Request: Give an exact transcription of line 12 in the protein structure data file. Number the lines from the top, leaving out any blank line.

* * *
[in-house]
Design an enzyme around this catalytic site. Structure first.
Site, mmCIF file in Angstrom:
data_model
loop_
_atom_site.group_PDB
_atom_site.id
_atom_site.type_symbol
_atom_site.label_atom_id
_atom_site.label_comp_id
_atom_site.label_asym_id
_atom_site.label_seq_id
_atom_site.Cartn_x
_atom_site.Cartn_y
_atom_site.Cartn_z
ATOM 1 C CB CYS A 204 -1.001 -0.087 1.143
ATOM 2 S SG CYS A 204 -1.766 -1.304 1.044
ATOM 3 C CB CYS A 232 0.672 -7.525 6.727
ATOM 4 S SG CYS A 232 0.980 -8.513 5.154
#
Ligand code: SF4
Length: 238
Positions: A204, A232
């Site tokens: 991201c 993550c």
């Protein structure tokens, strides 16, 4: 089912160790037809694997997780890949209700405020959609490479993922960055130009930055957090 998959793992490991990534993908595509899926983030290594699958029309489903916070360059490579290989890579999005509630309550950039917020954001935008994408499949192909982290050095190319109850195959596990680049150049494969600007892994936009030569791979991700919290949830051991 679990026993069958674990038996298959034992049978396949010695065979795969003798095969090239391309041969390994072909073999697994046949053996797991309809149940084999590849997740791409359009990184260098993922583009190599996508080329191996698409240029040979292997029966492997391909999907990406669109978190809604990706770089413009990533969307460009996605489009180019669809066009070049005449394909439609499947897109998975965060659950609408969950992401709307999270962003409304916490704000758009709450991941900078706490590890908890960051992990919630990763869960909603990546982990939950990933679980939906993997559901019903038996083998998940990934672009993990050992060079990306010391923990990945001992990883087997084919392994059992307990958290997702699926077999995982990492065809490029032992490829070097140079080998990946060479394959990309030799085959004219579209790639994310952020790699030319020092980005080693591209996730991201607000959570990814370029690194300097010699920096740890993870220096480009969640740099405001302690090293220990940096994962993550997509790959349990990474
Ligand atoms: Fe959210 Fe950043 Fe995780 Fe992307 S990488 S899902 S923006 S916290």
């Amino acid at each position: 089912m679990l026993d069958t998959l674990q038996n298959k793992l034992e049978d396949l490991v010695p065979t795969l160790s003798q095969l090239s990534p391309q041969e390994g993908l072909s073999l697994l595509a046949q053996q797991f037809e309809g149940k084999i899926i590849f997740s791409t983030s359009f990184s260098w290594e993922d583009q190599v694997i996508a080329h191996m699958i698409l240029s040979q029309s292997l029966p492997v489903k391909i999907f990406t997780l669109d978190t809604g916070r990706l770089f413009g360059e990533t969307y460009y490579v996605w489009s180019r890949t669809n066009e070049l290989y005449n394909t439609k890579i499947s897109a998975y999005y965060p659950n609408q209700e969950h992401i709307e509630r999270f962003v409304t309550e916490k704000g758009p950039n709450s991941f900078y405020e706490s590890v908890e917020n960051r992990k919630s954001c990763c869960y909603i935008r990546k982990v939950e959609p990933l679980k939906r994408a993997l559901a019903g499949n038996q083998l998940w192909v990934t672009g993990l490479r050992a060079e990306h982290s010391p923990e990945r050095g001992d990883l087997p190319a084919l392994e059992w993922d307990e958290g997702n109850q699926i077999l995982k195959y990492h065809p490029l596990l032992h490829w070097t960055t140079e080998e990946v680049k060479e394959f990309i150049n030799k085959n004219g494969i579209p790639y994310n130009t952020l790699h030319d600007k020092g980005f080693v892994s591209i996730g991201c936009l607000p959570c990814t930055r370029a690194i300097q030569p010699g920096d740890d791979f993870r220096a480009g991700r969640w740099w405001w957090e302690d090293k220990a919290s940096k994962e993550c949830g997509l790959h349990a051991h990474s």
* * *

_atom_site.label_seq_id